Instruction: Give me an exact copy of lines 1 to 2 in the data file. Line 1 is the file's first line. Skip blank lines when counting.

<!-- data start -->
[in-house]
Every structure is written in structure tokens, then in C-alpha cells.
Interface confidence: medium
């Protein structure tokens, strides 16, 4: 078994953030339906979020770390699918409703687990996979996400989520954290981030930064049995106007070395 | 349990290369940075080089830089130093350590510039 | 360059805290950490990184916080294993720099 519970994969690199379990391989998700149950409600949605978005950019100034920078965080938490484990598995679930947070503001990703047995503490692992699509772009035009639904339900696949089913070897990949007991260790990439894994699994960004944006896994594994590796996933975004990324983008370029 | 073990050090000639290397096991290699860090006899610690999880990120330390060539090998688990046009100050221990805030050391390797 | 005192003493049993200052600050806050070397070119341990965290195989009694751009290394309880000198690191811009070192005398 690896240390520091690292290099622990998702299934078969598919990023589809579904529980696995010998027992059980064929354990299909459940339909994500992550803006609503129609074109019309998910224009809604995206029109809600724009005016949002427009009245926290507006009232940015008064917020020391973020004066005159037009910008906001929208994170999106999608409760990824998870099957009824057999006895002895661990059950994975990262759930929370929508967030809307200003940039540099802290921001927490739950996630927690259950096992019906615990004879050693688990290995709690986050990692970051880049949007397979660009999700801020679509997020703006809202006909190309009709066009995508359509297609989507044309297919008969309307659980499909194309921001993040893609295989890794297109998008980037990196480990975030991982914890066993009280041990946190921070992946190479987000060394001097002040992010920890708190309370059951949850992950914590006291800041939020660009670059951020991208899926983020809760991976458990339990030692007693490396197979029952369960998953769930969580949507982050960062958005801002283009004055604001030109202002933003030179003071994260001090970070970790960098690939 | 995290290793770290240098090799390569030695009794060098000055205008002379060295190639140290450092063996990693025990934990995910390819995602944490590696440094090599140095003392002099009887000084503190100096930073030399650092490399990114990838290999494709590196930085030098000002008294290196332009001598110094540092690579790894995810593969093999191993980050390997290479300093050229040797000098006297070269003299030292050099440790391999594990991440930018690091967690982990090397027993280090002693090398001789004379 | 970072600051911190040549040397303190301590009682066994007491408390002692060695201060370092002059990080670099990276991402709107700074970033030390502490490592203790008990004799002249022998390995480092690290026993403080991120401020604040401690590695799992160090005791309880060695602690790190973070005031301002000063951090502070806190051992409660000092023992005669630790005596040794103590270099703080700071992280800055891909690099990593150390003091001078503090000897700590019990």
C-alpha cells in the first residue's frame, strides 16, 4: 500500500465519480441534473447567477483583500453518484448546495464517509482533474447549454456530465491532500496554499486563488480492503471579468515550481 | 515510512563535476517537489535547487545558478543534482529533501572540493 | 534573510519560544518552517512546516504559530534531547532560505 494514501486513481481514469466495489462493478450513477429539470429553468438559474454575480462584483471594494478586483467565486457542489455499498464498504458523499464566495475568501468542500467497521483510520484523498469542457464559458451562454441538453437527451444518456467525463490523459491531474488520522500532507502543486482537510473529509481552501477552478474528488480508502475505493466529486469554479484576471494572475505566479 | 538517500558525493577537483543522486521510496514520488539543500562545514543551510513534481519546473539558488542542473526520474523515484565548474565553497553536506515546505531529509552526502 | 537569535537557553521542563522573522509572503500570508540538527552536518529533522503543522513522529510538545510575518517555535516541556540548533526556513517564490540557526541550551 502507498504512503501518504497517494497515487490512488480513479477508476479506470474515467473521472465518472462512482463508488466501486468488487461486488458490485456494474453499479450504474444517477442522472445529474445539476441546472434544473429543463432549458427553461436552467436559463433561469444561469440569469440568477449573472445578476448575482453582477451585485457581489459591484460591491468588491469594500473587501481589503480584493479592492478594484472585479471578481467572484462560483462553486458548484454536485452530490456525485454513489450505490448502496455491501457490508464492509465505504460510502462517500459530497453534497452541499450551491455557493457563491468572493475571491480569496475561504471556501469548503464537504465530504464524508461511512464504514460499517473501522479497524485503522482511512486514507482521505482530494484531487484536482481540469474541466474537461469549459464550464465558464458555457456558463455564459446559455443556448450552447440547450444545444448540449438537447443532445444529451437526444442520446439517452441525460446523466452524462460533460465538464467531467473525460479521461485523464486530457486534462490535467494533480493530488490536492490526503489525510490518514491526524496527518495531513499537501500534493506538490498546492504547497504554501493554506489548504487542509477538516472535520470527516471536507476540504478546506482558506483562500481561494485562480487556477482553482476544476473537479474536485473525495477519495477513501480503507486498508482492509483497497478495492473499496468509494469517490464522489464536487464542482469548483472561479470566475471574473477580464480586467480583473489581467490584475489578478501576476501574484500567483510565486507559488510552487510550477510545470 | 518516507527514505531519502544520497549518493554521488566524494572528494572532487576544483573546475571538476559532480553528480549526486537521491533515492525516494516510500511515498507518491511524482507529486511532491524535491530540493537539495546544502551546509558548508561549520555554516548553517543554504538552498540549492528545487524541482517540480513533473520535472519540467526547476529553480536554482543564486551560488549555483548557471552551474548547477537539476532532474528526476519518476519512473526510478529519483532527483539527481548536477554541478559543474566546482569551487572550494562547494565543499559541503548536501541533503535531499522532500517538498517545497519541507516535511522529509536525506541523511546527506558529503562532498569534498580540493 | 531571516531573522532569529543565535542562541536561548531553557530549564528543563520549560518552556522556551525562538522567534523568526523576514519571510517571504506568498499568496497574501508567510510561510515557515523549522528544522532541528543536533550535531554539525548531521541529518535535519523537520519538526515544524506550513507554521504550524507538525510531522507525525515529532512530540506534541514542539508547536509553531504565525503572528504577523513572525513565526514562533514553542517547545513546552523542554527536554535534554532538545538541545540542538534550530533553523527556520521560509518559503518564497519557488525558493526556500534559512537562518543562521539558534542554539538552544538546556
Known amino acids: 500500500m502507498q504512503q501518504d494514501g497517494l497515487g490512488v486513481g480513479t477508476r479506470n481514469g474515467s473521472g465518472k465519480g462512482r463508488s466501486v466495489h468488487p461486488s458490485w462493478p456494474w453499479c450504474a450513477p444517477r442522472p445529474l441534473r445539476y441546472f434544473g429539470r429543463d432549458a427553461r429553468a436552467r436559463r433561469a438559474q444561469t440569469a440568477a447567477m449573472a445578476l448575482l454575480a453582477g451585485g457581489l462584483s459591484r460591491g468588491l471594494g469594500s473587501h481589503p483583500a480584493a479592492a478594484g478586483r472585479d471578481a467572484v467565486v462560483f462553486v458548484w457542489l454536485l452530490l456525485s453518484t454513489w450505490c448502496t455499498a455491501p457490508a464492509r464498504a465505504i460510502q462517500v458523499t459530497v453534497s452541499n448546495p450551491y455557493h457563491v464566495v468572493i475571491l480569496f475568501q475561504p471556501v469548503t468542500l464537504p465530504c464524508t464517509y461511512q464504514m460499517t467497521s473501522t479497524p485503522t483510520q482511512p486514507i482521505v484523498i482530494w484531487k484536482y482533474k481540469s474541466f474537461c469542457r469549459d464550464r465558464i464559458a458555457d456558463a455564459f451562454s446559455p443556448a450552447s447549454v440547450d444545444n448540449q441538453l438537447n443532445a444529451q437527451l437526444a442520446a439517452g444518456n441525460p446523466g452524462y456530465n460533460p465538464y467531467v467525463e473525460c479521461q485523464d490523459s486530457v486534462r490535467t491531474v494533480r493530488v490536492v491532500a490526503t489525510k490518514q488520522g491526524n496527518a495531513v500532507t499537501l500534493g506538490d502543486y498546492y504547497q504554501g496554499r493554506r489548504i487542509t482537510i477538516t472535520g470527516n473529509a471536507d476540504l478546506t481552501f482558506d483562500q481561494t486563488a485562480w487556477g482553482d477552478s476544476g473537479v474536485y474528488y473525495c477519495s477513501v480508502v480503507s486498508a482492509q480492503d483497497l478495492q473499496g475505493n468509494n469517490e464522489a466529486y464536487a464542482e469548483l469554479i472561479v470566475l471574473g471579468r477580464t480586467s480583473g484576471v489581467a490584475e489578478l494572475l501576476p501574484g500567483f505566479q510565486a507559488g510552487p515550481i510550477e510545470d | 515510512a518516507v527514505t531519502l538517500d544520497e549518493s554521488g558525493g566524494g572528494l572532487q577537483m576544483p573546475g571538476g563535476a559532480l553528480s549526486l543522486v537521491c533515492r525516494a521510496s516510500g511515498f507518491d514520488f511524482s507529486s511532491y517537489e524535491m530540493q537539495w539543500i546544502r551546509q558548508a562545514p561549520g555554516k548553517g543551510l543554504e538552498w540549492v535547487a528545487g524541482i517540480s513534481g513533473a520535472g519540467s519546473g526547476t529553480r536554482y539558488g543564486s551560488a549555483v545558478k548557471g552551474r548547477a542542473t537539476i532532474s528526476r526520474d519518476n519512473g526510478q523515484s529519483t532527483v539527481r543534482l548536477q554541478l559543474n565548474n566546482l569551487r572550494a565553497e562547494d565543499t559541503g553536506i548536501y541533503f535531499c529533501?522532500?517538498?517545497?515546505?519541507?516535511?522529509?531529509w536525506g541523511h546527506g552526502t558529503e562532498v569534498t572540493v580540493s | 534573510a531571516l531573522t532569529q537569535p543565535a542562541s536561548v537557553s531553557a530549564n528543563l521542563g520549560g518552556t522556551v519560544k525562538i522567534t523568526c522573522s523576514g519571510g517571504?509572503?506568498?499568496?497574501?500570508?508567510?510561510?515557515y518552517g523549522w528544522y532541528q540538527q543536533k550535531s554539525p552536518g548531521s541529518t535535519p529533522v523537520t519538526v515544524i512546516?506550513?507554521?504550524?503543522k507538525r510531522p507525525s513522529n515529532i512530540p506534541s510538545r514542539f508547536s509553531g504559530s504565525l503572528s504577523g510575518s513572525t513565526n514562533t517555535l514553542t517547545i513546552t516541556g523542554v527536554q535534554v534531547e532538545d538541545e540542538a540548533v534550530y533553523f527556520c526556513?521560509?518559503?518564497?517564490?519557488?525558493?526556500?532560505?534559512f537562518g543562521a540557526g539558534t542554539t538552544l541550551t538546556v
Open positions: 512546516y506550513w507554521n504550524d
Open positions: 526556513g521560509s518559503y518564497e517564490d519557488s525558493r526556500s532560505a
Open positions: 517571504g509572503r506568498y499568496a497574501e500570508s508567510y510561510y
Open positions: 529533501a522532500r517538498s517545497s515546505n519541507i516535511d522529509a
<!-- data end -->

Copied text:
[in-house]
Every structure is written in structure tokens, then in C-alpha cells.